Sal de Sangrita

Courtesy of Lucinda Hutson, ¡Viva Tequila! Cocktails, Cooking, and Other Agave Adventures, (Copyright © 1995 and 2013 by Lucinda Hutson) used by permission of the University of Texas Press. For more information visit

This Jalisco-inspired sal (salt) is flavored with traditional puya chiles used to make sangrita, the citrusy and spicy nonalcoholic chaser that accompanies shots of tequila. Sprinkle a pinch in sangrita or use it to rim glasses.

From this master recipe, you can make several versions of seasoned salts. Let it inspire your own creations. In small increments, add more sugar, citric acid, chiles, spices and other ingredients to suit your own taste.

Super easy

Sal de Sangrita


For 1 Person(s)


  • Add to 1 T. Master Recipe:
  • 1/2 teaspoons orange zest
  • 1/8 teaspoons citric acid
  • 1/4 teaspoons sugar
  • 1 teaspoons or more ground chile puya or guajillo chile
  • 1 Master Recipe:
  • 4 tablespoons kosher salt
  • 1 1/2 teaspoons freshly grated lime zest
  • 1 1/2 teaspoons freshly grated orange zest
  • 1 tablespoons granulated or turbinado sugar
  • 1/4 teaspoons citric acid

Sal de Sangrita Directions

  1. Master Recipe: Gently grind ingredients in a small bowl, using a bar muddler or mortar and pestle. The citrus zest will make the salt rather moist, so spread on a large plate to dry for several hours, stirring occasionally; add other flavorings. Store tightly sealed. Makes about 8 tablespoons.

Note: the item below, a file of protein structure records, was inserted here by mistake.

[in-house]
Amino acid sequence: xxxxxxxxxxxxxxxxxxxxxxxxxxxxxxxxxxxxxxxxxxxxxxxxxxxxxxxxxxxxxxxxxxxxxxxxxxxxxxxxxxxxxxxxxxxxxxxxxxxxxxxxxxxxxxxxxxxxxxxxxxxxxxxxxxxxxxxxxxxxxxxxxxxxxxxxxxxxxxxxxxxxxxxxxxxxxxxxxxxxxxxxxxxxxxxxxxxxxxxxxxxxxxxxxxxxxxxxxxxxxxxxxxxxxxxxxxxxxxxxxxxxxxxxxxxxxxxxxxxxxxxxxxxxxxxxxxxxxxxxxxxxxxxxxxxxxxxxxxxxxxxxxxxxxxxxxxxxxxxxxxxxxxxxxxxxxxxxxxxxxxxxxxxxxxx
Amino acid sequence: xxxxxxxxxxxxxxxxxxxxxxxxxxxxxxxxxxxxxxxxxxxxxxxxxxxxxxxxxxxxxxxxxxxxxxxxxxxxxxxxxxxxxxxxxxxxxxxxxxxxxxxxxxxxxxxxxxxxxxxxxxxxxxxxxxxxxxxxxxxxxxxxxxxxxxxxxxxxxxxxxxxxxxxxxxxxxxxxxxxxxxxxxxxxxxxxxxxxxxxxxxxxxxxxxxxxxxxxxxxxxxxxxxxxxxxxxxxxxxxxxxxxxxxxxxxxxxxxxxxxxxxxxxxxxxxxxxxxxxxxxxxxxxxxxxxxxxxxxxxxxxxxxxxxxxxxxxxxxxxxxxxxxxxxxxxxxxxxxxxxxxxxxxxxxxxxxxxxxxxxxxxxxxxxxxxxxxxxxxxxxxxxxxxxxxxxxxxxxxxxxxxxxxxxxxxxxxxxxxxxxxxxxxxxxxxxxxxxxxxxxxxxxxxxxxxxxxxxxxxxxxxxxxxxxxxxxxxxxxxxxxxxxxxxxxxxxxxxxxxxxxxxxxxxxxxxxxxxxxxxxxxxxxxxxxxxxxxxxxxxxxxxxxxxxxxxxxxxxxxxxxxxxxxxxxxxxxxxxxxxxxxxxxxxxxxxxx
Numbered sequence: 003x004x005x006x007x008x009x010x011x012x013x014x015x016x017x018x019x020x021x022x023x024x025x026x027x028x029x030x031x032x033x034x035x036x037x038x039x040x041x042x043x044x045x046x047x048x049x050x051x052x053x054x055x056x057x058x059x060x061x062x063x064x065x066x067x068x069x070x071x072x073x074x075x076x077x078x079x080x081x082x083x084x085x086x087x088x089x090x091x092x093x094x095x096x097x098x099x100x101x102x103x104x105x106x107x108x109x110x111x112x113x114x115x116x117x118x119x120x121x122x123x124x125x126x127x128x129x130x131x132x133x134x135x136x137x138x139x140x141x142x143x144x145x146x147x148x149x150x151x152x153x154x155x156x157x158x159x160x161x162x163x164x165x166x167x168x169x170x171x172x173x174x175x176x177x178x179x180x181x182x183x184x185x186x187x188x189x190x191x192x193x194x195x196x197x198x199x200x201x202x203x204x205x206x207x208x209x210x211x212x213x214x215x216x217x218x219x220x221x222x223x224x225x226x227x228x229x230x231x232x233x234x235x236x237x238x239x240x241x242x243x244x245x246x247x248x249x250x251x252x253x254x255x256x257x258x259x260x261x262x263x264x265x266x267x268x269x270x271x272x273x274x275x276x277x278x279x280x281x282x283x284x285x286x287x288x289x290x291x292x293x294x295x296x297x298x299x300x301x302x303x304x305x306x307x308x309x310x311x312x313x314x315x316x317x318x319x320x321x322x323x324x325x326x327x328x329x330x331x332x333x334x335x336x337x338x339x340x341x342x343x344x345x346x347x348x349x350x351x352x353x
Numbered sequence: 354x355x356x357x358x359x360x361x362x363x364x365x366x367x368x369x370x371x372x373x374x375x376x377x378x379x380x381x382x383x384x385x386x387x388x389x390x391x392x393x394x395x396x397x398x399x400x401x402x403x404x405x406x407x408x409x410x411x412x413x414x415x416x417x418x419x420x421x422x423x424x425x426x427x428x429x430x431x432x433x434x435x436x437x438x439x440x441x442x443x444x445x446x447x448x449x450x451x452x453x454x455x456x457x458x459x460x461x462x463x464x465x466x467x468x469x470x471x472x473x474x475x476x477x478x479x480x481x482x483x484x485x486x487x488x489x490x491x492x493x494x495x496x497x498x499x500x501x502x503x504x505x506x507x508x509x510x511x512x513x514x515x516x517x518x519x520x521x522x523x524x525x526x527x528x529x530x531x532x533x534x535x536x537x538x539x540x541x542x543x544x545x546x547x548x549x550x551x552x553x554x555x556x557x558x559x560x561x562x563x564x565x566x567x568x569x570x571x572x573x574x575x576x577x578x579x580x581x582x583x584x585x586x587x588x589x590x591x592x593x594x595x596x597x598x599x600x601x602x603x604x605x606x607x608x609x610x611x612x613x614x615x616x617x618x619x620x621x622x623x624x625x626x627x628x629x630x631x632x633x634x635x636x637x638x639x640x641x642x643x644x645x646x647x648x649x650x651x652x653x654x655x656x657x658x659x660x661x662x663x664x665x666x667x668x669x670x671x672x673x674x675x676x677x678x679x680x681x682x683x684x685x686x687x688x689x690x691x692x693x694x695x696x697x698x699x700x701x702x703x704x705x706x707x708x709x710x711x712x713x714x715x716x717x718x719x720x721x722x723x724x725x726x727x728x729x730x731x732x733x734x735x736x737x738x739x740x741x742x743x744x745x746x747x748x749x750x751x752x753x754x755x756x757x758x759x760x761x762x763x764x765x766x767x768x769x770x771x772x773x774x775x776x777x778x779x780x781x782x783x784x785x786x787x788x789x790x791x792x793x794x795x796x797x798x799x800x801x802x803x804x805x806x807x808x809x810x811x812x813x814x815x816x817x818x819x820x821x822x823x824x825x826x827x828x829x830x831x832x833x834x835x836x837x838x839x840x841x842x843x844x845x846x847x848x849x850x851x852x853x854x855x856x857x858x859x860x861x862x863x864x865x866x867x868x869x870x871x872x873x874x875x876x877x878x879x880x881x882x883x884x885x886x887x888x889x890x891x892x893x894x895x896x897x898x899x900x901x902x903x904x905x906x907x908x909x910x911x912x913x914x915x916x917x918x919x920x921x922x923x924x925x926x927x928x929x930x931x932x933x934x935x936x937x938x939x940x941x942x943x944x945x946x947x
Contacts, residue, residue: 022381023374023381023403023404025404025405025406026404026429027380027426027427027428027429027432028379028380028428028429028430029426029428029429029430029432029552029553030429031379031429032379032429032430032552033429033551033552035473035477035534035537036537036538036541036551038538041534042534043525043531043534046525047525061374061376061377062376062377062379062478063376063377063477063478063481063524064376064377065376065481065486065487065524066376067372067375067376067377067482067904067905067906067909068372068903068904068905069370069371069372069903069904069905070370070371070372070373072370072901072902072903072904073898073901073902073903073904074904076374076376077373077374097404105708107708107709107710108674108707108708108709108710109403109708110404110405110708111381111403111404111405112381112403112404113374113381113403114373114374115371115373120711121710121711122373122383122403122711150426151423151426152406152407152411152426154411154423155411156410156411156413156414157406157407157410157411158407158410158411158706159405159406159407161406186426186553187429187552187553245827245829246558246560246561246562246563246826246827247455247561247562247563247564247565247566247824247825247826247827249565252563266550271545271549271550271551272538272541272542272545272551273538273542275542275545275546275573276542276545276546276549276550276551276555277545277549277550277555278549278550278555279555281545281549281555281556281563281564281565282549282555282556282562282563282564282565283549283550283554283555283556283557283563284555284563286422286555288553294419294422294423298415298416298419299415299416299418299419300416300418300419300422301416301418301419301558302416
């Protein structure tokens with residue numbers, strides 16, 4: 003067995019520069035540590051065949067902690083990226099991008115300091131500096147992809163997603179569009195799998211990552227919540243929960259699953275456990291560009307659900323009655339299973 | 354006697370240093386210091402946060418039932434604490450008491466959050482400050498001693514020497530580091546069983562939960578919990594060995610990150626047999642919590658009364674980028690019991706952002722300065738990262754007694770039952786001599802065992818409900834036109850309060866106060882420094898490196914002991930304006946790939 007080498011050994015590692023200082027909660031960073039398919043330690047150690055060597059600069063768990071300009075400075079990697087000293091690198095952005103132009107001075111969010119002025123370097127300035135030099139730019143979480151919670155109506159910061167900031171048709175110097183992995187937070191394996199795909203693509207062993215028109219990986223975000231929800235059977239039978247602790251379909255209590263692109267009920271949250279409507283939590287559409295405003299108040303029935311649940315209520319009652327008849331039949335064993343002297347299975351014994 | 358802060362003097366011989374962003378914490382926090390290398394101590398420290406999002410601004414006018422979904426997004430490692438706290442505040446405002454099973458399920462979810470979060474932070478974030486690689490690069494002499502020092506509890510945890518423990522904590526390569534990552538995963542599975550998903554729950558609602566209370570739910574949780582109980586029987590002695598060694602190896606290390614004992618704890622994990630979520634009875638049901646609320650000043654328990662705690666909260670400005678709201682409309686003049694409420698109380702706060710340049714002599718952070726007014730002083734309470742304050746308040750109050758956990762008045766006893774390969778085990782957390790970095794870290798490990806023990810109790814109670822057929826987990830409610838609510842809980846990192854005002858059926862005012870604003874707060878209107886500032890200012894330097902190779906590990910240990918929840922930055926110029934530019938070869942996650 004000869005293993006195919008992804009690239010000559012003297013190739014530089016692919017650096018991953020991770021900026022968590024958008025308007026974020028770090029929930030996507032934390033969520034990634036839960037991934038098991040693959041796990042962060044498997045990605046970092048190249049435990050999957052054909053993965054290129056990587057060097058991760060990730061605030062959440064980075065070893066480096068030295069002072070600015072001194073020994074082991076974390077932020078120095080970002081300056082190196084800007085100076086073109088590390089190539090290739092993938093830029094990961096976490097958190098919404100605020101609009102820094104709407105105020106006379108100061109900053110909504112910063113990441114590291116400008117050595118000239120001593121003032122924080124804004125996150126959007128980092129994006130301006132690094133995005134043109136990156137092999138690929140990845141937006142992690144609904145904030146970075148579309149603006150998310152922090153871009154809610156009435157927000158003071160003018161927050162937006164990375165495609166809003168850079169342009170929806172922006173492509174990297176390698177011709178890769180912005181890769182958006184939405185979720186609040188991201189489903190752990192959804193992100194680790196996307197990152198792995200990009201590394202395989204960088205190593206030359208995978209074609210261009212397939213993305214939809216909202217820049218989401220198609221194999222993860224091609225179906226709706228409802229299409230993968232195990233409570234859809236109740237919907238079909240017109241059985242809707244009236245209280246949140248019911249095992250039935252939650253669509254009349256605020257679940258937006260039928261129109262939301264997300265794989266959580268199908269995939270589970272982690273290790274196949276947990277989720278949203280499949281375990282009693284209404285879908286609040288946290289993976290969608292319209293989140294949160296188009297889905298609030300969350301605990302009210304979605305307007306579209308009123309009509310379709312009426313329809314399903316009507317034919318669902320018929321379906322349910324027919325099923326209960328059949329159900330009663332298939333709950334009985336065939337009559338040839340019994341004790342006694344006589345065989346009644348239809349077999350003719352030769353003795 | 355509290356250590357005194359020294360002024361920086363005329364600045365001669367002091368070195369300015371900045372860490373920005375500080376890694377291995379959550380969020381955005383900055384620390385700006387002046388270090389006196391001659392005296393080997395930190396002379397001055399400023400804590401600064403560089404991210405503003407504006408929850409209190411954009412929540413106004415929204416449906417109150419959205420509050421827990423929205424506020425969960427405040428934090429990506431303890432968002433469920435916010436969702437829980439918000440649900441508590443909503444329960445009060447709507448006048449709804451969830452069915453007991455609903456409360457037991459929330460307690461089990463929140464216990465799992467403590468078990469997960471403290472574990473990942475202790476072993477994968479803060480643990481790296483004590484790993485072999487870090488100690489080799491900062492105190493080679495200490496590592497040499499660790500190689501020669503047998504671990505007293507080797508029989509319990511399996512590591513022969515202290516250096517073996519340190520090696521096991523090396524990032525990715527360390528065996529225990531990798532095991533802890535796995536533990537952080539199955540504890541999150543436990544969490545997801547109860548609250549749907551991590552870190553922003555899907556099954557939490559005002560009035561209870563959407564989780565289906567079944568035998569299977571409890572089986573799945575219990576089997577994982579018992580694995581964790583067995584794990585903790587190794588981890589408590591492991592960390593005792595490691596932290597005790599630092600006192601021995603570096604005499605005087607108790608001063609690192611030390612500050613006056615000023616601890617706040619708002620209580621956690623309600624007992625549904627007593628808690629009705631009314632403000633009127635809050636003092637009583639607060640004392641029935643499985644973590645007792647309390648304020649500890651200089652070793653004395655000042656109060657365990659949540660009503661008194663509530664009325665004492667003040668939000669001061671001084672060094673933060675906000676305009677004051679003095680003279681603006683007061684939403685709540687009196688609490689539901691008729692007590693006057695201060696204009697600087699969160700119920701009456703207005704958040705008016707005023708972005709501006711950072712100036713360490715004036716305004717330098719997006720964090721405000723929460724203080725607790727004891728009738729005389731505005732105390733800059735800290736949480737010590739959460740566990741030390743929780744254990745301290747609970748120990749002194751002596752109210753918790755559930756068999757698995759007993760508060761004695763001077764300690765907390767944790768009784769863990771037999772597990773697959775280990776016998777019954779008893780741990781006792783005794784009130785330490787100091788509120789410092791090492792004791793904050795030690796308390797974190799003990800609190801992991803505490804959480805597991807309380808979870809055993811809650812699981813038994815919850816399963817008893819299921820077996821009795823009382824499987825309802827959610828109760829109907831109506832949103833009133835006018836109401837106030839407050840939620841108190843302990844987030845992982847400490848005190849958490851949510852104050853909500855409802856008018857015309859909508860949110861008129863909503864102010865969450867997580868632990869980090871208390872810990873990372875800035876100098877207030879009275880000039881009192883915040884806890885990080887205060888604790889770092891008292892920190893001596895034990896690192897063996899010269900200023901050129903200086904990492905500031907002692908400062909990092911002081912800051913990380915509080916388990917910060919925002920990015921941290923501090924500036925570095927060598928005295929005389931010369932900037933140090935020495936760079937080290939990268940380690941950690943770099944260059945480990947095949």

2. Chiles add Mexican flair. Quickly roast (5 seconds per side) dried red chile on both sides on a hot comal, taking caution not to burn them. Remove seeds and stems, then grind chiles (medium grind) in an electric spice grinder. Many spice companies also sell pure ground chile powders; make certain they do not contain salt and other spices.
  3. Note: If salt does not dry sufficiently, place in a 200-degree warmed oven; turn off heat and allow to dry, then grind gently again before storing.

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